Too clean for comfort (or “We’re composed of membranes too.”).

Nature recently published a story that should shock the clean freaks among us. Researchers have found that common disinfectants lower fertility and cause birth defects in mice (full story subscribers-only, free Seattle PI summary here). Which implies that they could do the same thing to us. Dr. Patricia Hunt has also been a key player in the recent dramatic findings about bisphenol A, the bottled-water plastic that mimics estrogen.:

From Nature:
Two chemicals widely used in cleaning agents for homes, offices and hospitals cause birth defects and fertility problems in mice whose cages have been in contact with them, according to Patricia Hunt at Washington State University in Pullman. The quaternary ammonium compounds ADBAC (n -alkyl dimethyl benzyl ammonium chloride) and DDAC (didecyl dimethyl ammonium chloride) were identified after an exhaustive search for what was causing a massive drop-off in mouse fertility after Hunt moved her research animals to Pullman from Case Western Reserve Medical School in Cleveland, Ohio, in 2005.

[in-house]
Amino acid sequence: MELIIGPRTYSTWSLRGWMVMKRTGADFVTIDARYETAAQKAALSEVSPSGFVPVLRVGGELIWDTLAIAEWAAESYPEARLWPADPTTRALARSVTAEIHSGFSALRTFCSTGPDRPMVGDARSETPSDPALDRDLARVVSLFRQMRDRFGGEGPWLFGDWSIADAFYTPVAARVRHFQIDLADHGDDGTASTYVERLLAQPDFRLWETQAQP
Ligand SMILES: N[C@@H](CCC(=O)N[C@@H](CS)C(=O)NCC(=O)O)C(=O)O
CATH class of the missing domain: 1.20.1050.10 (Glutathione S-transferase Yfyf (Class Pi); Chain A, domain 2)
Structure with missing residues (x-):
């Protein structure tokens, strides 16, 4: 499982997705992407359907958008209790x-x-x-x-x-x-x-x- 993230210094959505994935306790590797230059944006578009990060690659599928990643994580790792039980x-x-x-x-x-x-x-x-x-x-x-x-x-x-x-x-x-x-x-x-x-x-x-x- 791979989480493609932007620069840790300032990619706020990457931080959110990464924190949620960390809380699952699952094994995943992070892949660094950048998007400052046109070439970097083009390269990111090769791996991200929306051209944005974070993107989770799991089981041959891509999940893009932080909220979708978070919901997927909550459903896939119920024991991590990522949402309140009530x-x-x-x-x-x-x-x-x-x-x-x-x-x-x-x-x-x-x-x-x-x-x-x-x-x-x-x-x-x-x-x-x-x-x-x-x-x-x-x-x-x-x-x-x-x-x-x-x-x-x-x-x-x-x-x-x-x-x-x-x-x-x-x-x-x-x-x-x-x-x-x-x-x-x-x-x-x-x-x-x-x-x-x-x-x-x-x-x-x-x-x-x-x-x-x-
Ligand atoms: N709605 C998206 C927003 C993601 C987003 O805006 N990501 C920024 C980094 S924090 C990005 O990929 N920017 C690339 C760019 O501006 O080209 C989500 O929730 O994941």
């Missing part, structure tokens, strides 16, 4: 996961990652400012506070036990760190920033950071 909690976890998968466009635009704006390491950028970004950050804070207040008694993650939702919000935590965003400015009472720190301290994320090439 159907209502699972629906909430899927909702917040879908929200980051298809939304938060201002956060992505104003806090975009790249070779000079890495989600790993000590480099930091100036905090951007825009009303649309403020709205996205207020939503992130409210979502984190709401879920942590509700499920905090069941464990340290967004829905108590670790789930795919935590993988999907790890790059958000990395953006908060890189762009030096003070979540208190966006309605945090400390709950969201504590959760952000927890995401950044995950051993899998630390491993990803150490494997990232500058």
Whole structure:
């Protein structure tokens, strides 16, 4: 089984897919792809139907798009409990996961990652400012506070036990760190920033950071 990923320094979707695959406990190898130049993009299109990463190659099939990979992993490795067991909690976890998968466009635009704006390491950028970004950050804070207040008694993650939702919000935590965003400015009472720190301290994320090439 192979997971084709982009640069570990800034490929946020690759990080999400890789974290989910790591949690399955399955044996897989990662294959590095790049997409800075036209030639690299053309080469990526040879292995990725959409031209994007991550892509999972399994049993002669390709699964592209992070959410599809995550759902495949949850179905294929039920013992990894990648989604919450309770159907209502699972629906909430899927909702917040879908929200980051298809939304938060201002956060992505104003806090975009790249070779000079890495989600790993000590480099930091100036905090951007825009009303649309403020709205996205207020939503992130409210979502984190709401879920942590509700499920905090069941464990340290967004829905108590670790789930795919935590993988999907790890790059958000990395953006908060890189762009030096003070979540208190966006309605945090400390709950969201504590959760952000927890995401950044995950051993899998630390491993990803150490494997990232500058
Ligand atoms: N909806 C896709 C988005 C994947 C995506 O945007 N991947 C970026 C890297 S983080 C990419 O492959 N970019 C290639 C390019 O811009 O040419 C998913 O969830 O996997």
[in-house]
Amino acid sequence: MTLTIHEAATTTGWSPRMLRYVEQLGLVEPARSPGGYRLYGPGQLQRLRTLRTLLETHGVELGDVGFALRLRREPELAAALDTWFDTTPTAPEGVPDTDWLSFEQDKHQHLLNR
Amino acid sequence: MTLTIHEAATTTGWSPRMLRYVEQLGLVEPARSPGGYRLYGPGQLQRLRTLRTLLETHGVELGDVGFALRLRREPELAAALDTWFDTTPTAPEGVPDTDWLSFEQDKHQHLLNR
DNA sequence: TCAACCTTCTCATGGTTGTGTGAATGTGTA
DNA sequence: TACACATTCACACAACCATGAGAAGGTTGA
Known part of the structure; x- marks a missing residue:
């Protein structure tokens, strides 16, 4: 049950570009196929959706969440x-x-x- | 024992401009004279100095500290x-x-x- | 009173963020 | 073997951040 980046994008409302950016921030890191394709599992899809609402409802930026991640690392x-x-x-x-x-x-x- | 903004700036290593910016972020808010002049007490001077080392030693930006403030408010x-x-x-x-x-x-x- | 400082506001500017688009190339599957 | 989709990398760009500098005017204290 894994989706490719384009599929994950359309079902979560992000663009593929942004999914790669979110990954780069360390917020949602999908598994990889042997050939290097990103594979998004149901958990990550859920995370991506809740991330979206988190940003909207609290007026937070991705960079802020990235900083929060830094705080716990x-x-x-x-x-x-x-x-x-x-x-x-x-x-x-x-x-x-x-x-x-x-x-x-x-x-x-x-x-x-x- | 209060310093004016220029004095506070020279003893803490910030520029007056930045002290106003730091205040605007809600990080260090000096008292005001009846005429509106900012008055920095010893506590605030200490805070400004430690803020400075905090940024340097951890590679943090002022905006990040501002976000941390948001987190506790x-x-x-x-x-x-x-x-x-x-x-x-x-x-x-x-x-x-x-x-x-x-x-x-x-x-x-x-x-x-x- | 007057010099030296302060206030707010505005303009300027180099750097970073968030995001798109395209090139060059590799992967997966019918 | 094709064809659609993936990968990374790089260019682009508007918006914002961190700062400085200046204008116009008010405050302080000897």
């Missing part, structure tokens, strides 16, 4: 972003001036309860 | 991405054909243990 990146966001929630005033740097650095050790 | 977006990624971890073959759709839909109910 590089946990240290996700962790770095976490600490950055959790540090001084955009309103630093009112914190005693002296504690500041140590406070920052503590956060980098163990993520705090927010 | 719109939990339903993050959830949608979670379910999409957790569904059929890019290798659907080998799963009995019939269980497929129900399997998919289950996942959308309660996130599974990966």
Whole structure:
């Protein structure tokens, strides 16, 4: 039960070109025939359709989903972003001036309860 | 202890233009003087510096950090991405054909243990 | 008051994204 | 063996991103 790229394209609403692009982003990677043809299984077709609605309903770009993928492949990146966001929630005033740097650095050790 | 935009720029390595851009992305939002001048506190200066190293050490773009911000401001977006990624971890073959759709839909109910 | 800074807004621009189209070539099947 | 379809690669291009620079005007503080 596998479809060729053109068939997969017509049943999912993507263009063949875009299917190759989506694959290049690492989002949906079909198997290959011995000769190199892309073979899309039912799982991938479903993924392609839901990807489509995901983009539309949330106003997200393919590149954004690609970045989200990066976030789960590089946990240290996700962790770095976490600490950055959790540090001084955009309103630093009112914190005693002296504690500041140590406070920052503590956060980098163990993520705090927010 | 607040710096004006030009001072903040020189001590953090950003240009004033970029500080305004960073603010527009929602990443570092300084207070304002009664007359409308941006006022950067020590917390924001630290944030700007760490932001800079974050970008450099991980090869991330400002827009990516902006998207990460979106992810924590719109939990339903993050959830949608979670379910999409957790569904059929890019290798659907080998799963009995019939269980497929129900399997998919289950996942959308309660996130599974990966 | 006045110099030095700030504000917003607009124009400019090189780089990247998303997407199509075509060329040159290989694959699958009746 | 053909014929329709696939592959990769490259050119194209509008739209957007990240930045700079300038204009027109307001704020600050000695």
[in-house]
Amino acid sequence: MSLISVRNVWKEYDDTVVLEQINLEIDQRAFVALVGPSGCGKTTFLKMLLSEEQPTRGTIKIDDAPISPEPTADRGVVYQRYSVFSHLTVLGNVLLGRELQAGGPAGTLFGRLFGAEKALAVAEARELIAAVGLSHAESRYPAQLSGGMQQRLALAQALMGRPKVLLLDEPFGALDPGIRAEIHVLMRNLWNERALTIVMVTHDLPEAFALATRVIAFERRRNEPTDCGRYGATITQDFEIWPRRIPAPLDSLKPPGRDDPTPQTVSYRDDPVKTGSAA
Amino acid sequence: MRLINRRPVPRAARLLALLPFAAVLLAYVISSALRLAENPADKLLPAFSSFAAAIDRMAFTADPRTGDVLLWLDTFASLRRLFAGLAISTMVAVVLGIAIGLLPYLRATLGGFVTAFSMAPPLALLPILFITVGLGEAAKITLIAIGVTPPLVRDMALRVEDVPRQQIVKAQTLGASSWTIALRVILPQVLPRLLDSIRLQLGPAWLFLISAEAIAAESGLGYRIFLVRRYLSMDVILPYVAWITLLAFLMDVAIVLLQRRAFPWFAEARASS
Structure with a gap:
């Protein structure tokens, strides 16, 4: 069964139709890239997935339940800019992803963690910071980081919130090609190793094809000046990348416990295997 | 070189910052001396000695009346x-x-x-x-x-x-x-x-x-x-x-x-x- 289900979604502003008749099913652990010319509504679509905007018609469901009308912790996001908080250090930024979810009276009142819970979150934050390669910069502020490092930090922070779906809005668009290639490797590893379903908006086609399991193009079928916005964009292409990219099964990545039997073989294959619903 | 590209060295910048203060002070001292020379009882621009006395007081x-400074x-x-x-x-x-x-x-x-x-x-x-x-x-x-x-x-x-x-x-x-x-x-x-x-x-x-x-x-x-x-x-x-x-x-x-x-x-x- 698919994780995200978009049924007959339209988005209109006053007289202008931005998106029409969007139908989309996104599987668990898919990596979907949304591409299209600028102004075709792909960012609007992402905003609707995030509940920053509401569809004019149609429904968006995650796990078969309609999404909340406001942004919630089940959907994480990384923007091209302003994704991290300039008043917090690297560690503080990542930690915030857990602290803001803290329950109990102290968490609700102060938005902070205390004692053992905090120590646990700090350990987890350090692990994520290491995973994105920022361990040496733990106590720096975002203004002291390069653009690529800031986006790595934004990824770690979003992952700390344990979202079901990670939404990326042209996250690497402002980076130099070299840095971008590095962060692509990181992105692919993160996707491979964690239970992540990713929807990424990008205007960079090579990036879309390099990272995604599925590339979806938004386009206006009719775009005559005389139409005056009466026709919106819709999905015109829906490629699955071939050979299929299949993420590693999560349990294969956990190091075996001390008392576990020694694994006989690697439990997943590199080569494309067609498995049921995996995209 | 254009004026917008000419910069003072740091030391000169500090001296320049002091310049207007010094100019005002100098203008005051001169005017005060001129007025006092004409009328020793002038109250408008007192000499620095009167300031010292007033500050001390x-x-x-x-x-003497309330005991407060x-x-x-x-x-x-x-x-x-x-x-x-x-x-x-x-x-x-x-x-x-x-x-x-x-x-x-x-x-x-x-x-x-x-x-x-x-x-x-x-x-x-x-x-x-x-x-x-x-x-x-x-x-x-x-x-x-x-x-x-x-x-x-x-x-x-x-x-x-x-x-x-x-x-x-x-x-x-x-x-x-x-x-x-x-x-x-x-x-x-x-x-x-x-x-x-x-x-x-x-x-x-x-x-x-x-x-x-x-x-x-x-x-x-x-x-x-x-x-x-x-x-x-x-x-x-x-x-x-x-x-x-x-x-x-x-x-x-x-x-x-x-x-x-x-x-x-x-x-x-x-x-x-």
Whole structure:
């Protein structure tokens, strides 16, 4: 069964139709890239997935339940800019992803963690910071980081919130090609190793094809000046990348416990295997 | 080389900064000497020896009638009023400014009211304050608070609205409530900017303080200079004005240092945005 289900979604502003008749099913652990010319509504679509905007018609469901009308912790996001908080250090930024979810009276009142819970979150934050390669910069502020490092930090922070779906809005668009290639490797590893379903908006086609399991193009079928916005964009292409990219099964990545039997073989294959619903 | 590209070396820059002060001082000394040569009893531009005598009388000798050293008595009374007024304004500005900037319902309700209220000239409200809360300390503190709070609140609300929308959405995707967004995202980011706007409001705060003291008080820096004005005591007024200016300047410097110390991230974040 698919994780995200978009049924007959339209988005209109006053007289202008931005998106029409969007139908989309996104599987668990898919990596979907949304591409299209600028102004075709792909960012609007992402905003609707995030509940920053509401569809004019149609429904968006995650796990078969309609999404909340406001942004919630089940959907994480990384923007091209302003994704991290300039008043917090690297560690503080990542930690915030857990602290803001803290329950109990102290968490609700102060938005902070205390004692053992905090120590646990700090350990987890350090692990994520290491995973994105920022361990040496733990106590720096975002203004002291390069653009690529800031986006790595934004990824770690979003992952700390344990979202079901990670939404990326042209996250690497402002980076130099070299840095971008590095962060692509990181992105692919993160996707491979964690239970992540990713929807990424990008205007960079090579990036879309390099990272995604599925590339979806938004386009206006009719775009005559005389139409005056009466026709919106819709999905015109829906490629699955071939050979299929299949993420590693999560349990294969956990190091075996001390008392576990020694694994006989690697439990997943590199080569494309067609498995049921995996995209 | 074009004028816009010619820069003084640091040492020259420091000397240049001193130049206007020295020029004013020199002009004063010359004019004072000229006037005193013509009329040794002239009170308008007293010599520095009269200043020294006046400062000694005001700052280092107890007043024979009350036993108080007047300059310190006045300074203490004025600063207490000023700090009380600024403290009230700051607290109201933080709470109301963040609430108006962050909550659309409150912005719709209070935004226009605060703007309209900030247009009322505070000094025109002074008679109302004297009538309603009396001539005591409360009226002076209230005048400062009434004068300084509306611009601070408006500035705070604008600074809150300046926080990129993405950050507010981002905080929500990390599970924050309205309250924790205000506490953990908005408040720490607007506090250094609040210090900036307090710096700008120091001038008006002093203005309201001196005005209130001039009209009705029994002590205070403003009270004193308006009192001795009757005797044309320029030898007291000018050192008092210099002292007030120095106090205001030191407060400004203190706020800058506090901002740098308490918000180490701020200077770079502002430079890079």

From Seattle PI:
Hunt told Nature she’s concerned about the potential effect on humans:

This group of compounds acts on the cell membrane, and does a fantastic job of killing everything. But, you know, we’re composed of membranes too.

For your reading pleasure, here’s the safety sheet (pdf) of the floor cleaner Hunt used. It’s made by Johnson Wax for industrial use. The problem is that the stuff uses two ammonia compounds from a family – the quats – you’ll find in dozens of other cleaners, fabric softeners, spermicidal jellies and shampoos.